Screenwriters defend their violent scripts

Thursday, October 28, 1999

LOS ANGELES — Few things frustrate screenwriter Callie Khouri more than when news reporters label any two women caught shoplifting or committing other crimes together as “Thelma and Louise.”

“It horrifies me that something I have done is somehow going to be related to someone else’s irresponsible act,” said Khouri, who won an Academy Award for writing the 1991 road-movie hit. “I was writing an outlaw picture. I was trying to provide a vicarious experience, not one for people to go out and imitate.”

But she says she realizes that there will always be “a couple of idiots that will totally miss the point. They’re not going to be sophisticated enough to determine when someone is making a comment about something or telling them this is inappropriate behavior.”

And now, with members of Congress and citizens’ groups shuffling the blame for violent acts onto Hollywood, Khouri says she is considering a disclaimer on her next film that reads: “This is a work of fiction not meant to be instructional in any way. Please spend your time looking for the irony and do not take notes on the execution of violent acts. Thank you for your cooperation.”

Khouri’s comments came during a panel discussion last weekend at the 13th Annual Los Angeles International Film Festival. Called “The Effect of Violent Scripts on Society,” the panel featured several leading screenwriters discussing whether Hollywood bears any responsibility for violent acts in America.

The discussion came in the wake of numerous efforts in Washington, D.C., to study the effects of media violence on American society. In addition to mandating several studies, senators such as Joe Lieberman, D-Conn., and Sam Brownback, R-Kan., have offered legislation that, if passed, would create both a universal rating system for the entertainment industry and a culture task force.

“That really scares me … when you have Congress sitting around figuring out what kind of movies they’re going to tell us it’s OK to make,” Khouri said. “I start to get my back up because I don’t want to live in a world where every artistic notion has to be the most innocuous and the most unable-to-be-misinterpreted-by-an-insane person as a directive.”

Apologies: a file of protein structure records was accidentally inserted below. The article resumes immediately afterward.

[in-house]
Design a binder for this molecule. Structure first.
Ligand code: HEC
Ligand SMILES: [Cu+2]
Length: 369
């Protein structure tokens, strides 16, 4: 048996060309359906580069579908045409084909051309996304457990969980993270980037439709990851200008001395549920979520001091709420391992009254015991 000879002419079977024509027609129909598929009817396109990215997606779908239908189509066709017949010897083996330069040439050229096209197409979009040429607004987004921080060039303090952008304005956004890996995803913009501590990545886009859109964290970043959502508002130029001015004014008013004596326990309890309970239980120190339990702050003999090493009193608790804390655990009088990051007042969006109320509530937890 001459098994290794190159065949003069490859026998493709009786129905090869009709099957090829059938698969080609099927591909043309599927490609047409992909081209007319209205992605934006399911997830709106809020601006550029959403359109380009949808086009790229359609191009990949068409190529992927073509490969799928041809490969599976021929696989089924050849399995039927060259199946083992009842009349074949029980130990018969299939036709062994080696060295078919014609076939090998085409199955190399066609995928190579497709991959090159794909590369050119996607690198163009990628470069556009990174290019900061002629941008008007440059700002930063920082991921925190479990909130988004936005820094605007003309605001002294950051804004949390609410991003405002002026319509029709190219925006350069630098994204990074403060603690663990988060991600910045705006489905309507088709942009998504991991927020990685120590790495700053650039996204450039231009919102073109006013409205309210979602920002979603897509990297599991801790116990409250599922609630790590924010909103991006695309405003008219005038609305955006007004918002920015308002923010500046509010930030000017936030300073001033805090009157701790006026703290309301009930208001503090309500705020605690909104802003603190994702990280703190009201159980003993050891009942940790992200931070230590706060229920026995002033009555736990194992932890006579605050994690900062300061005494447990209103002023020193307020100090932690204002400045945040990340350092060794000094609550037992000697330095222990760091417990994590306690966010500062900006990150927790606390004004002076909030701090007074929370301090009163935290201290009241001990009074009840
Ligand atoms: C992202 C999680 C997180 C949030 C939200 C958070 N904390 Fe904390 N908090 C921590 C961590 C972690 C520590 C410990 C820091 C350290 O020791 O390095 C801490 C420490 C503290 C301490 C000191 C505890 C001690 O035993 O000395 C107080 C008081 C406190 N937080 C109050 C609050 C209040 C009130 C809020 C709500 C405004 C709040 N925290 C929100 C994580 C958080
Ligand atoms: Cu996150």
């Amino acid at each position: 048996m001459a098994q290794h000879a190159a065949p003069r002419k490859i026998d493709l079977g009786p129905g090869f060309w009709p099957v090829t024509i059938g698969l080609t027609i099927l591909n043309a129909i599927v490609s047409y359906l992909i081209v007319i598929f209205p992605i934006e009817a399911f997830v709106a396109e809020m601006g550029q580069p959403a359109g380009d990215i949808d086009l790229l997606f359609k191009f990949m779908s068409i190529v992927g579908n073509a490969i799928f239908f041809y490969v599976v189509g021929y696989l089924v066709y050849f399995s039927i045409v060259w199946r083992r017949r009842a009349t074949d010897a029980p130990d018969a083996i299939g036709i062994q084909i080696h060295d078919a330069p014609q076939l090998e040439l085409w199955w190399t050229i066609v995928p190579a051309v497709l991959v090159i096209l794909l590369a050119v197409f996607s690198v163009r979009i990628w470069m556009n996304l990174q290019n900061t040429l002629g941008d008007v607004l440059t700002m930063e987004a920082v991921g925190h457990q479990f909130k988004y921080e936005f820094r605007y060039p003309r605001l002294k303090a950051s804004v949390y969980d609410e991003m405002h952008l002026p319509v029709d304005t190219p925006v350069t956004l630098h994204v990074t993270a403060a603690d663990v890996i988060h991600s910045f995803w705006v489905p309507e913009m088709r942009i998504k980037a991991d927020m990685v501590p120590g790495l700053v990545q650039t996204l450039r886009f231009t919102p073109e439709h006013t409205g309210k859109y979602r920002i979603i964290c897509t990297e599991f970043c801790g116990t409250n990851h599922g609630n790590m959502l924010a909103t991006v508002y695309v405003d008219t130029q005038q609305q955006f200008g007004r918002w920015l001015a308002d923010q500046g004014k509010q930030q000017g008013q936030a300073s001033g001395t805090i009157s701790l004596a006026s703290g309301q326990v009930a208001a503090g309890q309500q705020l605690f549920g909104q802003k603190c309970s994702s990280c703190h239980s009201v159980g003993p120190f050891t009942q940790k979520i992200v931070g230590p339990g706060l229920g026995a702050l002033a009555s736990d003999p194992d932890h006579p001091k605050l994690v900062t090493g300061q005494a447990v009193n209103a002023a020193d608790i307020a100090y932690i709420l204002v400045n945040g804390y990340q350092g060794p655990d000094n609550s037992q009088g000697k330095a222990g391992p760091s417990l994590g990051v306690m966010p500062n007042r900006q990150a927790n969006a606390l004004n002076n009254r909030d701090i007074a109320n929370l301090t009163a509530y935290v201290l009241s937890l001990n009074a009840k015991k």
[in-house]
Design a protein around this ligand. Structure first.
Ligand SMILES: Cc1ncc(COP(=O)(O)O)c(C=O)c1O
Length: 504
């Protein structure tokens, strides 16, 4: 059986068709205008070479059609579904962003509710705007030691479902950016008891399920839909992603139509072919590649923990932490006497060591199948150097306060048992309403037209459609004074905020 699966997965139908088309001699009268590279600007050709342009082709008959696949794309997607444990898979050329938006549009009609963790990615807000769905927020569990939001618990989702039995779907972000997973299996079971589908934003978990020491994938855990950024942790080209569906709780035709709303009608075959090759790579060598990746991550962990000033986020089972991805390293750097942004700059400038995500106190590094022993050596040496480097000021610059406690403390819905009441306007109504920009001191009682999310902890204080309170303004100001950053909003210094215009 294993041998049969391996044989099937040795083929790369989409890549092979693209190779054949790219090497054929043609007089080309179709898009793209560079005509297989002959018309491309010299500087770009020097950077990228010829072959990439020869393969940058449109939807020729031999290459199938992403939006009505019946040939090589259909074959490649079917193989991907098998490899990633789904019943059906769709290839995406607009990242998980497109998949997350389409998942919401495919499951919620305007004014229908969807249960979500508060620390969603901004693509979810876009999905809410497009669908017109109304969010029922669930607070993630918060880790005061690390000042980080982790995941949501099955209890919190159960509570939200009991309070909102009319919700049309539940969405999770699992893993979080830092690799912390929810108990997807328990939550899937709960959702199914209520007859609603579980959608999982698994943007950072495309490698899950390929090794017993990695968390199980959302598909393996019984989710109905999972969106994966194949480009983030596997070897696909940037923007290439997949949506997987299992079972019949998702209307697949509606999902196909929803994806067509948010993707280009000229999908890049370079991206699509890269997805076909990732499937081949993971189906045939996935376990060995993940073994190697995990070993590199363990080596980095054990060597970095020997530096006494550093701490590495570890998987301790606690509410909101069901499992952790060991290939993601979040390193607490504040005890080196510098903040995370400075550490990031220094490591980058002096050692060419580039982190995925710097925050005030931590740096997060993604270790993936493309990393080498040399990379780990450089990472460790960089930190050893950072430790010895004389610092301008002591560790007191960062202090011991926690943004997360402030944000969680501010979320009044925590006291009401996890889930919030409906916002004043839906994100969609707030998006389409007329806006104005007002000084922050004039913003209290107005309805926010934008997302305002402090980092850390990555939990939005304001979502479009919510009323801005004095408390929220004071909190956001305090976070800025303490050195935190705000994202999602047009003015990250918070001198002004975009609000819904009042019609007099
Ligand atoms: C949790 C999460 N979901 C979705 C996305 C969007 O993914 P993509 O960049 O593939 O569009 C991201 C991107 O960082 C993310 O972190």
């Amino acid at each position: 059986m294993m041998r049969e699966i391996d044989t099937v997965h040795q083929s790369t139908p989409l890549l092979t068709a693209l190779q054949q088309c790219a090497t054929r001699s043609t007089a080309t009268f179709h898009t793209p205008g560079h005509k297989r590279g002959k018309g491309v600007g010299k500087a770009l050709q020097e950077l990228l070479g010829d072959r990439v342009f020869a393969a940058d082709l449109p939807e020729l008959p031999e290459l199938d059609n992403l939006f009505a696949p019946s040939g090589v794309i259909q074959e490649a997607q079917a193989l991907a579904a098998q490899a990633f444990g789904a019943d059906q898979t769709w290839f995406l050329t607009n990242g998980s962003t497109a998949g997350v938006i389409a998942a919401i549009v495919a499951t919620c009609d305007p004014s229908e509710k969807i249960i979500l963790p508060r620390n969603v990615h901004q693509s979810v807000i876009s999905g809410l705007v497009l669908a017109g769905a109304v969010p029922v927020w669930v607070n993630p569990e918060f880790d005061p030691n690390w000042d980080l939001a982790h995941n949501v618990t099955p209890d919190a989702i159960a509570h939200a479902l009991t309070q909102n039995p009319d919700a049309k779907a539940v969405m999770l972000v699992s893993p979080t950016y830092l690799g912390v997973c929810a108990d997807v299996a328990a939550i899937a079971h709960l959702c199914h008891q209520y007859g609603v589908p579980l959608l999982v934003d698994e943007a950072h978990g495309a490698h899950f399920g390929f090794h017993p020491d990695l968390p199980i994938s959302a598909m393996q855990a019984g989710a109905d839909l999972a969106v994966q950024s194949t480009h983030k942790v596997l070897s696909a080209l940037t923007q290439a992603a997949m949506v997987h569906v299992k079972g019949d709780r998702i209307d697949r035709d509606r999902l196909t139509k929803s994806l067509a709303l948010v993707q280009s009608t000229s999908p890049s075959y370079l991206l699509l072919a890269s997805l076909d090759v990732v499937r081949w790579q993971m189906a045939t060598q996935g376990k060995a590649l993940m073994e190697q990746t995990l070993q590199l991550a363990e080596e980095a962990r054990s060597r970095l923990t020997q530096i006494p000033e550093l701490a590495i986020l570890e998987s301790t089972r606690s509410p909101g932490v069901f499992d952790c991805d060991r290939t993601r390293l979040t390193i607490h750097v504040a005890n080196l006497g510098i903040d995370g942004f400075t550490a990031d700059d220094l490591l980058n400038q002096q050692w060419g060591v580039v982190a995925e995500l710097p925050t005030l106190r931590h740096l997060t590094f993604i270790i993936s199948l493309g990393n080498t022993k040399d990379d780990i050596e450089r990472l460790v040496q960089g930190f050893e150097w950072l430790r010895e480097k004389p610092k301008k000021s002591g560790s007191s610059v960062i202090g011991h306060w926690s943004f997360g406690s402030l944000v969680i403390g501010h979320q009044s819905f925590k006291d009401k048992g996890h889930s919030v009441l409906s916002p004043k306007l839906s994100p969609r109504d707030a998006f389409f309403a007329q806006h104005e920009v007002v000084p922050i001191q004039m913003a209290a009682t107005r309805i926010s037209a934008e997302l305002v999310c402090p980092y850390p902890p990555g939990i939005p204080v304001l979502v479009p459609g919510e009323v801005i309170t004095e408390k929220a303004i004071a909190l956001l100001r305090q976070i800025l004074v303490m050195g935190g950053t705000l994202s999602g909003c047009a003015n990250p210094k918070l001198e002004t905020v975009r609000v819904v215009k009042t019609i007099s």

David McKenna, who wrote the screenplay for “American History X,” defended that movie, saying the violence was necessary to show how the main character denounces his neo-Nazi past, choosing to reject the violence he once embraced.

But McKenna said he feared the future because of violence.

“I think it’s time that everybody take responsibility,” he said. “Slowly but surely, it’s turning into the Wild West.”

Although she agrees that violence can advance a movie plot, Laurie Trotta, executive director of the nonprofit group Mediascope, says many movies go too far.

“Where we are concerned is when violence becomes very glamorized and when it is becoming a sort of a character in the story itself that takes on a life of its own,” said Trotta, whose group studies entertainment issues ranging from diversity in film roles to media violence.

Trotta said that more than 40 years of research shows that violence can desensitize viewers, frighten them and even cause some, who already possess violent tendencies, to commit a violent act.

“Certain styles of behavior can be learned by those people [from] what they see on the screen,” she said. “But [for] people who aren’t leaning toward violence … a violent movie is not going to make them go out and commit violence.”

John Milius, who wrote “Apocalypse Now” and “Jeremiah Johnson,” said violence in entertainment existed as far back as the Greek tragedies and Shakespeare’s plays. But Milius said he’s disturbed by the portrayal of violence today, because it seldom shows the consequences of such acts.

“That doesn’t mean that we should do away with violence, because any kind of repression is going to cause an opposite reaction,” he said. “After all, nothing is more exhilarating than a cavalry charge. Does that mean we shouldn’t have cavalry charges because somebody might go out and ride their horse too fast?”

Jim Uhls, who wrote the screenplay for the violence-laden “Fight Club,” said filmmakers must not be afraid to tackle difficult subject matter in films. Uhls said that while “Fight Club” has violent hand-to-hand fighting, it has almost no gunplay and doesn’t glorify violence.

But Trotta questioned if the presence of screen icons Brad Pitt and Edward Norton glamorized the violence in “Fight Club,” even though Uhls meant the portrayal to be horrifying.

“Those people are role models,” she said. “When they take a part in that kind of relationship — and it is made to look sexy — because of who they are, that has an effect on kids.”

Most of the panelists agreed that filmmakers need to show the consequences of violence. Milius said they also could take a lesson from the Greeks and leave the violence offscreen.

But Khouri said the onscreen violence would continue as long as people keep going to see such movies.

“Every time you go to see a movie that’s violent, you’re voting for that movie. Your $8.50 is a vote that means more movies like this will be made,” she said. “Believe me, if people stopped going, you couldn’t get a movie made like that to save your life.”